The first thing one sees upon entering Odyssey SHIPWRECK is a colorful pirate cut-out where you could put your face in the hole and become a buccaneer. It’s cute in a non sequitur sort of way, especially since it’s surrounded by small cases with coins, ship parts and small “everyday” treasures (like a Victorian head band). There was also a short video; however it wasn’t working during my visit. Past the theater area was the entrance to the exhibit itself; its black curtained off area belying the colorful, almost cartoonish theme for the pirate portion of their exhibit.
The first room featured a large map of known shipwrecks, a “pirate or merchant” game (based on a series of clues about size, number of cannons, etc) and a list of fun pirate facts (cannons were avoided in battles as they could damage the valuable cargo inside the victim’s ships). Next up was the heart of this section – “The Rogues Gallery,” a selection of profiles of famous pirates (which were somewhat hard to read since the shadow of the overhanging graphic obscured the first few lines of the text) and the flags their ships flew as well as a simple “guess the treasure” game and a fun (if somewhat cheesy) “Create a Pirate” interactive. There was also a short, repetitive soundtrack of nautical music and timbers’ creaking to give a more pirate-y atmosphere, but the poorly looped audio was more jarring than effective.
The last section of this black curtained area had information about the career and final week of the merchant ship S.S Republic (a large wall text proudly stating that it was built in Baltimore ). However, this section has no interactives and nothing to do with pirates; it’s more of a standard-average-exhibit that you can see at any maritime themed museum. Yes, the recovered cups and dishes are nice to look at, but the blown up photos and tinny “19th century murmuring” made it feel more like a documentary on PBS or The History Channel rather than the “compelling story” exhibition claimed in their press release.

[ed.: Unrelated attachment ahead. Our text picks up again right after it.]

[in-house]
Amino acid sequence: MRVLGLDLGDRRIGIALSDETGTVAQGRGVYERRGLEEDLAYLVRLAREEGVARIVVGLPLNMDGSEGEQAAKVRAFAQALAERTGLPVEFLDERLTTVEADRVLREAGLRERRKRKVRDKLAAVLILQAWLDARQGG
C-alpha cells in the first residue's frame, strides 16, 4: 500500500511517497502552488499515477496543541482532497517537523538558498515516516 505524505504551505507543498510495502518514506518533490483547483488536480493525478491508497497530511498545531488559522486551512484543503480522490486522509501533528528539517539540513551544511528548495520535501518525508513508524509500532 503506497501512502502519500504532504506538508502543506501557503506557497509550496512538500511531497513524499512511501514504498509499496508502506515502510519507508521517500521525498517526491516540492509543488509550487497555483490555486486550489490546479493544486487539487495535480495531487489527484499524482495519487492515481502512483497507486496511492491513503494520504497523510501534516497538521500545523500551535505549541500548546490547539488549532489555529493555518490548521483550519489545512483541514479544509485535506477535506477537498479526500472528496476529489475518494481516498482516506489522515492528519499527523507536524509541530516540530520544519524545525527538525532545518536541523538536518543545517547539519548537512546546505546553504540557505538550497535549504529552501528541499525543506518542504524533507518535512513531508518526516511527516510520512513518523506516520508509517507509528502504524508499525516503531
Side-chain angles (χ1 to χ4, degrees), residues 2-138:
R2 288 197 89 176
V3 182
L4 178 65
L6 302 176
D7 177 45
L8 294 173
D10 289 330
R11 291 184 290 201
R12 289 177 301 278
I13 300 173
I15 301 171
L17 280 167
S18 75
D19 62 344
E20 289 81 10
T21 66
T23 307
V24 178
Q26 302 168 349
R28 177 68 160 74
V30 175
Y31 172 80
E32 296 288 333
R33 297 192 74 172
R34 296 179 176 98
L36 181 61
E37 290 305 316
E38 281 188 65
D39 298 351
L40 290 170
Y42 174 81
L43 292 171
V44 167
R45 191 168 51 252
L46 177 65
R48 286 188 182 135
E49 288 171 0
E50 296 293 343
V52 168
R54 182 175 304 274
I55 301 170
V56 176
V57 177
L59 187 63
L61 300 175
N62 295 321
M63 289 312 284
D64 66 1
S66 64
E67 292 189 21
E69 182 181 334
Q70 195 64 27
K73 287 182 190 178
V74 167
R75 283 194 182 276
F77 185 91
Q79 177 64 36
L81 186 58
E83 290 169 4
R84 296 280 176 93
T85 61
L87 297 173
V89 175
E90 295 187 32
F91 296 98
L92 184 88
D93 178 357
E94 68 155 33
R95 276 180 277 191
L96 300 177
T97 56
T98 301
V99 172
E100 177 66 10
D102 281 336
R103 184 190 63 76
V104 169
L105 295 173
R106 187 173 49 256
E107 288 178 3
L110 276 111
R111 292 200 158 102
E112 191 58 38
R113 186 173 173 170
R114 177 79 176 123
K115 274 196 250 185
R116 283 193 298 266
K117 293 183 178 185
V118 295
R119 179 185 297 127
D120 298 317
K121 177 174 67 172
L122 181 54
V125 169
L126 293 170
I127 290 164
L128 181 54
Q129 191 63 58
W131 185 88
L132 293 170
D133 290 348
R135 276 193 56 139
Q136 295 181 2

Upon exiting the pirate area you are immediately presented with a choice: go left for the titular submersible or right for the insultingly small “physics of hurricanes” (and the much hyped “Hurricane Tube”) Either would make excellent exhibits in their own right, but coupled as it is with the Pirates section does all three a disservice.
However, the poor layout\design choices don’t end there. Forget “Navigating in a Hurricane,” I was having enough trouble trying to figure out how I was supposed to navigate this exhibit! There were a number of interactives (“Find the Shipwreck,” operating the robotic hand, and what looked like a children’s play area), but very little direction as to how you were supposed to get around them.
Than came the lightning round (also known as the “Holy Crap, we’re running out space” section), in which they shove lots of display cases and wall texts at you in rapid succession. These cases contained children’s toys, religious items, and coins from various countries as well as cursory wall texts on conservation and storage as well as a small but detailed section on the process of “certifying” recovered coins.
I find it odd that while they have a cross promotional deal with Baltimore ’s Urban Pirates, they don’t any pirate or shipwreck themed movies in their IMAX theater (such as 2002’s “Ghosts of the Abyss 3D”).
However, as I sat at a bench near the exhibit’s exit, I saw an excited 5 year old run out of the exhibit shouting: “Daddy, can we do it again!”
*** out of 5.